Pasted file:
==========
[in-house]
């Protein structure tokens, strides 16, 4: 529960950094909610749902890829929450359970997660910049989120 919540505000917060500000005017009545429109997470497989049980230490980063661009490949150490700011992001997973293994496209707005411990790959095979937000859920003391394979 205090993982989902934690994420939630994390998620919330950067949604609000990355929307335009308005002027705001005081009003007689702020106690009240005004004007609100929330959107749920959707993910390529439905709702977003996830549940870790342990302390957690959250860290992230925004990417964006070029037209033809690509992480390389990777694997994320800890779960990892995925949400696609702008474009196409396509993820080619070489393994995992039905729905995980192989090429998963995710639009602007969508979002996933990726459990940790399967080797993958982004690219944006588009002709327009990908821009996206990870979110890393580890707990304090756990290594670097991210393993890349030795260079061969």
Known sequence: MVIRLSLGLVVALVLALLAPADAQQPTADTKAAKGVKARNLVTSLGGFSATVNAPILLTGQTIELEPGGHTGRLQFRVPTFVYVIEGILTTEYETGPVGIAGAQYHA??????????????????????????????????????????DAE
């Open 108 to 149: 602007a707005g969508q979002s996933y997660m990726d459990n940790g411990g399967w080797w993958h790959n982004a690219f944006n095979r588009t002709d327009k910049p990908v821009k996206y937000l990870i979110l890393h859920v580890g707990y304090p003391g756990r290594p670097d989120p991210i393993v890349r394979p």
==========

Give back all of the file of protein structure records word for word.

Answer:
[in-house]
């Protein structure tokens, strides 16, 4: 529960950094909610749902890829929450359970997660910049989120 919540505000917060500000005017009545429109997470497989049980230490980063661009490949150490700011992001997973293994496209707005411990790959095979937000859920003391394979 205090993982989902934690994420939630994390998620919330950067949604609000990355929307335009308005002027705001005081009003007689702020106690009240005004004007609100929330959107749920959707993910390529439905709702977003996830549940870790342990302390957690959250860290992230925004990417964006070029037209033809690509992480390389990777694997994320800890779960990892995925949400696609702008474009196409396509993820080619070489393994995992039905729905995980192989090429998963995710639009602007969508979002996933990726459990940790399967080797993958982004690219944006588009002709327009990908821009996206990870979110890393580890707990304090756990290594670097991210393993890349030795260079061969």
Known sequence: MVIRLSLGLVVALVLALLAPADAQQPTADTKAAKGVKARNLVTSLGGFSATVNAPILLTGQTIELEPGGHTGRLQFRVPTFVYVIEGILTTEYETGPVGIAGAQYHA??????????????????????????????????????????DAE
């Open 108 to 149: 602007a707005g969508q979002s996933y997660m990726d459990n940790g411990g399967w080797w993958h790959n982004a690219f944006n095979r588009t002709d327009k910049p990908v821009k996206y937000l990870i979110l890393h859920v580890g707990y304090p003391g756990r290594p670097d989120p991210i393993v890349r394979p």